What to Avoid at Silent Auctions: 6 Common Mistakes
Silent auctions are hugely popular at fundraising events. When done well, they can help you raise a lot of money, but there are some critical mistakes that can have a negative impact not only on your auction, but on how much money you raise and possibly even impact your organization.
In this episode, Jeff, Lori, and Diana talk about key silent auction mistakes and how to avoid them. They give advice about auction item display, starting bids and bid increments, and ways you can make your auction better (or worse!) overall.
1. Using paper bid sheets
We may be biased (because we’re a mobile software company), but there are many dangers of using paper bid sheets. You’re not only dealing with multiple sheets of paper, illegible handwriting, and not enough pens, you’re going to face way more human error, people forgetting what they bid on, and worst of all, BID BULLIES.
What’s a bid bully? Tune into the episode above to find out!
All of these things lead up to less money raised in your auction.
2. Using a hybrid bidding system
Don’t use both paper bid sheets and mobile bidding software…we beg of you. Using mobile bidding for some bidders and not others, or paper bid sheets for only certain items will totally confuse your guests and may create chaos for you and your volunteers at the end of the night during checkout.
Try mobile bidding software for your entire auction. It allows early bidding, giving bidders time to familiarize themselves with the process before the event. Even those unable to attend can participate, such as Grandma bidding on her grandson's school auction from miles away!
3. Your starting bids and bid increments are too high
Common mistake: Setting high bids and bid increments can discourage bidding in auctions. For instance, if an item is worth $1,000 and the bid increment is set at $100, a bidder would have to jump from $500 to $600. Lowering the increment to $25 or $50 can encourage more bidding and tap into the competitive nature of bidders. People want to win!
There are no hard and fast rules when setting your starting bids and bid increments, but we recommend the following formula as a starting point:
- 40% of the Fair Market Value of the item is your starting bid
- 10% of the starting bid is your increment
Learn what the REAL measure of bidding success in your auction is by tuning into the episode!
4. You don’t put thought into how your auction items are displayed
When the night of your event arrives and your guests are perusing your auction items, your auction setup could make or break their experience, and even keep them from bidding on important items.
It’s important to consider your auction as a retail space. Make sure that it is well-lit, and that it looks less like a garage sale and more like an Apple store! Make it aesthetically pleasing and fun for people to browse.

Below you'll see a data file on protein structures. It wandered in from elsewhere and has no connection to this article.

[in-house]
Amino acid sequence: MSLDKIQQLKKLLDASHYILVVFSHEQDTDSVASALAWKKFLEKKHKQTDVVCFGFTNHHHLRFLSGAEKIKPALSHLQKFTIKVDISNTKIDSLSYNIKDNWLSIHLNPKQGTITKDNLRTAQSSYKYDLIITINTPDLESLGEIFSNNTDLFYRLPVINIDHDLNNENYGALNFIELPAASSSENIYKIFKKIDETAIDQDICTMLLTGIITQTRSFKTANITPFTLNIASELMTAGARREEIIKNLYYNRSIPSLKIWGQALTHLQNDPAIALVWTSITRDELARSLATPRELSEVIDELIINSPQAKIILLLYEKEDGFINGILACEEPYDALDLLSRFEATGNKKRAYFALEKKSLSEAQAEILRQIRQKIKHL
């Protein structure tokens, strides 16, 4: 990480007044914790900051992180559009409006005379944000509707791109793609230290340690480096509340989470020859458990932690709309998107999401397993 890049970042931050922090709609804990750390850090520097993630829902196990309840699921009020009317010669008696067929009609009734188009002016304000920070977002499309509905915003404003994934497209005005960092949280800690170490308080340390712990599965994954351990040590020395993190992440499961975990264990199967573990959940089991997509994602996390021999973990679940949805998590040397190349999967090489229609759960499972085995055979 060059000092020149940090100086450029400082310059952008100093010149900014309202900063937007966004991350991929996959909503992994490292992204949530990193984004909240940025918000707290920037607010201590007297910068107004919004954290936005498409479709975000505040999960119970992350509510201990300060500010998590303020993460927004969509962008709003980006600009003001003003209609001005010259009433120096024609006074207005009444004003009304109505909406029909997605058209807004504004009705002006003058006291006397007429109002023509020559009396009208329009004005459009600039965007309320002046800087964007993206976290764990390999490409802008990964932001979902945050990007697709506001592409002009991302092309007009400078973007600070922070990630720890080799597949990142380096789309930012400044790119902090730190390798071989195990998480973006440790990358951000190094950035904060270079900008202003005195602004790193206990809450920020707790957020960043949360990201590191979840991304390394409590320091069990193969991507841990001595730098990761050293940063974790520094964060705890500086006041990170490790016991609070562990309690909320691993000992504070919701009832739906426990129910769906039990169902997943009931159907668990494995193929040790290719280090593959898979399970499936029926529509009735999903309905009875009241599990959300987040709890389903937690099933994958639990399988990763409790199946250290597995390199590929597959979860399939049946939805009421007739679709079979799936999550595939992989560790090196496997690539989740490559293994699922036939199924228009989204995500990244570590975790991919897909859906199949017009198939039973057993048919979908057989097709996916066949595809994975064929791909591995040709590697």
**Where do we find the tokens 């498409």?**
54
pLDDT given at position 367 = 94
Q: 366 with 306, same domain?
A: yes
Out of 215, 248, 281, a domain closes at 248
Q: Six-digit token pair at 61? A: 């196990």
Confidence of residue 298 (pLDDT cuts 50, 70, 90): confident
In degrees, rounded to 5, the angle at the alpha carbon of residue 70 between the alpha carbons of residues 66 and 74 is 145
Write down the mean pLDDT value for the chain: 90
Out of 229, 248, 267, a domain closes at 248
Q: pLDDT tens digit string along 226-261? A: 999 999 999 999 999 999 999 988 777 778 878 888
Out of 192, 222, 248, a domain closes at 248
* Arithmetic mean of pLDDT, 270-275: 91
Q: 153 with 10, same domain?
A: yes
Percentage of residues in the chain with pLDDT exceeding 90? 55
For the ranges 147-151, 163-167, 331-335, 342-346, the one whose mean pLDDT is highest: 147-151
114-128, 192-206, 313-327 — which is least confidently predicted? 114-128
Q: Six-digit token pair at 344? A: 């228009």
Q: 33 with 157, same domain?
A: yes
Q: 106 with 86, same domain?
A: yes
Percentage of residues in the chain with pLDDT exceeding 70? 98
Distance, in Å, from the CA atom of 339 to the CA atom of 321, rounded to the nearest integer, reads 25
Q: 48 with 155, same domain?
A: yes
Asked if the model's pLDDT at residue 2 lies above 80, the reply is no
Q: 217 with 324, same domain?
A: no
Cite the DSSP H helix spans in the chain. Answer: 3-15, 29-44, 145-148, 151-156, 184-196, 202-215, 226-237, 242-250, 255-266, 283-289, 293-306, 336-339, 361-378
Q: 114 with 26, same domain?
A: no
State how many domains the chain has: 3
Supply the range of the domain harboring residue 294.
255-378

Your items and packages should be displayed with varying levels. Elevate some items with boxes underneath a tablecloth to put them on display. Space items out well, so people can peruse and read the descriptions.
Be careful about which items you display, though! Protect those valuable auction items like autographed baseball cards and gift cards.
5. You don’t have an efficient auction setup
Even if you’re using mobile bidding, you want your silent auction display to jump out to your guests so they can see what’s available to bid on. Set up your event so that people have to walk through your silent auction to get to important places, like the bar.
Press play above to hear the team talk about a unique auction setup
Set up your items so that they are easy for volunteers to find during checkout at the end of the night. You will slow down your checkout process if your items are difficult to locate!
6. Your silent auction item names aren’t clear
Your silent auction item descriptions should be clear and concise, so people know exactly what they are bidding on. You can be creative, but don’t make it hard for your donors to figure out what’s included in the item package. Be straightforward. Instead of calling your item, “Date Night,” simply call it, “Dinner for two at the steakhouse.”
Don’t assume that people know what an item is. How much is the gift card for? How many people can play the round of golf? Bullet point what items are in the spa basket.
Having a successful silent auction that is well organized, well displayed, and that uses the right bidding systems can be the difference between a good fundraiser and a fundraiser that will knock your socks off. By avoiding the mistakes we outlined in this episode, your event is sure to be a smashing success!
Subscribe to the Elevate Your Event podcast for more silent auction tips!